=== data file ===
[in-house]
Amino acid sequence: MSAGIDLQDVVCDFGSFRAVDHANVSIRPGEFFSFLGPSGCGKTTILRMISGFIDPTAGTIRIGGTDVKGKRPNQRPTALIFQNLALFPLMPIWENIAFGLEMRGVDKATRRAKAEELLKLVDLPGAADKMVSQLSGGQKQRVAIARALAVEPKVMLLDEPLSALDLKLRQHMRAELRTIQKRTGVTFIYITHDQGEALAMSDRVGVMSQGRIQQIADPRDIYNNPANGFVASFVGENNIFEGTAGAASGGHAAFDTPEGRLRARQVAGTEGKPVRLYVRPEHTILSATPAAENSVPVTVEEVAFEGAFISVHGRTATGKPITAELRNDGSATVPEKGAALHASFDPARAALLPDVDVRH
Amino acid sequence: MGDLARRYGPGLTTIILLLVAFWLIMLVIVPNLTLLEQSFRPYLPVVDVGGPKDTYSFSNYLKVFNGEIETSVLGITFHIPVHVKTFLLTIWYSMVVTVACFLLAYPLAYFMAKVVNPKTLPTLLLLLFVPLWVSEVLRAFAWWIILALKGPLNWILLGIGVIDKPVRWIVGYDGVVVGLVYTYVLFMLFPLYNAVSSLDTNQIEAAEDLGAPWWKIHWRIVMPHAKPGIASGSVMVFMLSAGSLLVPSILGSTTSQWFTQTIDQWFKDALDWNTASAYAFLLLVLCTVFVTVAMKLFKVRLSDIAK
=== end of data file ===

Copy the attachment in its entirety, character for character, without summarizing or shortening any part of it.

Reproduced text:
[in-house]
Amino acid sequence: MSAGIDLQDVVCDFGSFRAVDHANVSIRPGEFFSFLGPSGCGKTTILRMISGFIDPTAGTIRIGGTDVKGKRPNQRPTALIFQNLALFPLMPIWENIAFGLEMRGVDKATRRAKAEELLKLVDLPGAADKMVSQLSGGQKQRVAIARALAVEPKVMLLDEPLSALDLKLRQHMRAELRTIQKRTGVTFIYITHDQGEALAMSDRVGVMSQGRIQQIADPRDIYNNPANGFVASFVGENNIFEGTAGAASGGHAAFDTPEGRLRARQVAGTEGKPVRLYVRPEHTILSATPAAENSVPVTVEEVAFEGAFISVHGRTATGKPITAELRNDGSATVPEKGAALHASFDPARAALLPDVDVRH
Amino acid sequence: MGDLARRYGPGLTTIILLLVAFWLIMLVIVPNLTLLEQSFRPYLPVVDVGGPKDTYSFSNYLKVFNGEIETSVLGITFHIPVHVKTFLLTIWYSMVVTVACFLLAYPLAYFMAKVVNPKTLPTLLLLLFVPLWVSEVLRAFAWWIILALKGPLNWILLGIGVIDKPVRWIVGYDGVVVGLVYTYVLFMLFPLYNAVSSLDTNQIEAAEDLGAPWWKIHWRIVMPHAKPGIASGSVMVFMLSAGSLLVPSILGSTTSQWFTQTIDQWFKDALDWNTASAYAFLLLVLCTVFVTVAMKLFKVRLSDIAK